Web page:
We need to change the way we approach child maltreatment, both medically and legally. Since taking over as head of the Division of Protective Services, my focus has been to make Lurie Children's Child Protection Team the nation's leader in child maltreatment research, education, training and clinical care.
As a former trial attorney in the U.S. Navy JAG Corps, I was impressed by the strength and courage an 11-year-old sexual abuse victim showed on the stand when I prosecuted her perpetrator. Although our legal system had helped her, I knew I had to do more.
I've always approached child abuse pediatrics with the understanding that the very nature of the child maltreatment system involves both medical and legal expertise. However, these two areas are often worlds apart. Making it easier for our legal colleagues to understand the nuances of child abuse ultimately helps protect its victims. To achieve this goal, we in the child welfare realm need to provide the empiric research evidence that harm has been inflicted.
For example, almost all physicians agree that shaking an infant or young child is dangerous and can cause bleeding in the brain and other injuries. However, the diagnosis of shaken baby syndrome has been called into question by recent judicial decisions, legal literature and prominent media sources. Consequently, courts have overturned prior shaken baby convictions. This trend has had a chilling effect on future prosecutions, and, more importantly, the safety of vulnerable infants in child protection hearings.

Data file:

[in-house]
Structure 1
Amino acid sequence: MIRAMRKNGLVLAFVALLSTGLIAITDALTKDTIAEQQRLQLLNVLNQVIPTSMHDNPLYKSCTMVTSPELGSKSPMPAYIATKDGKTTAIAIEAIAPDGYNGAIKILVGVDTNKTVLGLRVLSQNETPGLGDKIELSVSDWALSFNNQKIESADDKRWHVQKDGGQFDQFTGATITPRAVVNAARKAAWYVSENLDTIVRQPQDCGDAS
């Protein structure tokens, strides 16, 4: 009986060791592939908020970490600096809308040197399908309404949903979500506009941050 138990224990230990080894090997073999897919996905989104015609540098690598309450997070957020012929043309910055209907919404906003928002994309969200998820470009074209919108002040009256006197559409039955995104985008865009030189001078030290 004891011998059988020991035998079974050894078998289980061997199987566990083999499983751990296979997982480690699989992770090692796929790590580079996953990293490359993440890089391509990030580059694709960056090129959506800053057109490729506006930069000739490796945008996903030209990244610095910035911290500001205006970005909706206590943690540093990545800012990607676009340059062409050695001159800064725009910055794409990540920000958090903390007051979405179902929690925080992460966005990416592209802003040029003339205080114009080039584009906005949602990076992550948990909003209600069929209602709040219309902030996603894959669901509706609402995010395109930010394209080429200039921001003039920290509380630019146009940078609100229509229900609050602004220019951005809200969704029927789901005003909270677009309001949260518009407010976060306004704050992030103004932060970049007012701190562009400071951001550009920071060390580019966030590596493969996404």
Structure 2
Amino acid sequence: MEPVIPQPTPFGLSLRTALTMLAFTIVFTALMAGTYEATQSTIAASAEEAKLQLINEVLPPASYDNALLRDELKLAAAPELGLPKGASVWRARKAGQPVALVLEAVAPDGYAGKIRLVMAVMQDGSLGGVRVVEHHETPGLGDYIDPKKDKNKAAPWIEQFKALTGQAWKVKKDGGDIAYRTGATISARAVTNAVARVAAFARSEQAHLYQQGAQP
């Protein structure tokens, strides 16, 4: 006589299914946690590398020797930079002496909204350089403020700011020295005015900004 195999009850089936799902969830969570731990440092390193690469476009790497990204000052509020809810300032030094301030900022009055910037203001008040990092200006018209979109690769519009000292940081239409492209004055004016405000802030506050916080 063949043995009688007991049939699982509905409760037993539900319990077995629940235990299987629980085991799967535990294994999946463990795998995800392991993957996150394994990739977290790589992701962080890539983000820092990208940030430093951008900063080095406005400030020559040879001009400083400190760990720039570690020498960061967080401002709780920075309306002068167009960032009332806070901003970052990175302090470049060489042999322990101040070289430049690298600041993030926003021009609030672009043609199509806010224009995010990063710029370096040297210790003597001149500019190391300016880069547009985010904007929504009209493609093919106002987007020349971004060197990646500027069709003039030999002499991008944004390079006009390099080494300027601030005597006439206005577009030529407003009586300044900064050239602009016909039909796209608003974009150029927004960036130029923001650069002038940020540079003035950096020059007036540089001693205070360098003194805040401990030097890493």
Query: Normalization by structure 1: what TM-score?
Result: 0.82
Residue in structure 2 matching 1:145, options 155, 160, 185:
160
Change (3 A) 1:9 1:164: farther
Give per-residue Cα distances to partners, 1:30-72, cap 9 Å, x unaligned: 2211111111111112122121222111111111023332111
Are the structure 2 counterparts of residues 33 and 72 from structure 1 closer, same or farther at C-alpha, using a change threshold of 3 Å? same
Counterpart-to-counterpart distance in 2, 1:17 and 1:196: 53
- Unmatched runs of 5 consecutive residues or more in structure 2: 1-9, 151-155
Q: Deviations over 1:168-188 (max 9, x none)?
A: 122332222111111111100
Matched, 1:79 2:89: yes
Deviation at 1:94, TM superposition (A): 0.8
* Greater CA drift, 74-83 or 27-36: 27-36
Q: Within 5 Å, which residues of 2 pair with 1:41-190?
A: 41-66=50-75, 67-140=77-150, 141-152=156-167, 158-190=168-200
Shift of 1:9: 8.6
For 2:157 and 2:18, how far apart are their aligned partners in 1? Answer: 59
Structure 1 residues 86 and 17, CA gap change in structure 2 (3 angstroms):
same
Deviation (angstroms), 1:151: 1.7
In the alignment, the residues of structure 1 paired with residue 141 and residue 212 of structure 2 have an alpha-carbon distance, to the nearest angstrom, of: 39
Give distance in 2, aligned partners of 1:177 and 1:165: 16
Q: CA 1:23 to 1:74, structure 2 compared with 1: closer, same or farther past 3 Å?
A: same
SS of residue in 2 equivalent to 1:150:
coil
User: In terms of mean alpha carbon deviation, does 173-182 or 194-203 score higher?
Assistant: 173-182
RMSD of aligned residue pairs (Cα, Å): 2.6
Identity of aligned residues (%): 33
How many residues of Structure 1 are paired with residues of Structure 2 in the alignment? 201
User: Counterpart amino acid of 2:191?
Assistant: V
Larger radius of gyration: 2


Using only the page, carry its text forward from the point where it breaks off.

Our legal system relies upon generally accepted concepts in the medical community but is ill-equipped to assess them. Thus, courts are susceptible to the misinformation of a single or small cadre of experts. In efforts to assist our legal system, my colleagues and I conducted, and recently published in the Journal of Pediatrics, the first national study on the level of acceptance of shaken baby syndrome/abusive head trauma. Surveying specialists from multiple disciplines at the nation's leading children's hospitals, we found that physicians generally do accept that shaking a young child is a dangerous form of abuse. This data could finally help to turn legal disbelievers into believers.
My colleagues and I take our responsibility seriously to do all we can to prevent child abuse and advocate for its victims. By advancing the science through innovative research, increasing the awareness of child maltreatment studies and leveraging technology to enhance diagnostic accuracy, I believe we can chart a new course towards ending child abuse.
This article originally appeared in the Winter 2017 issue of Heroes magazine.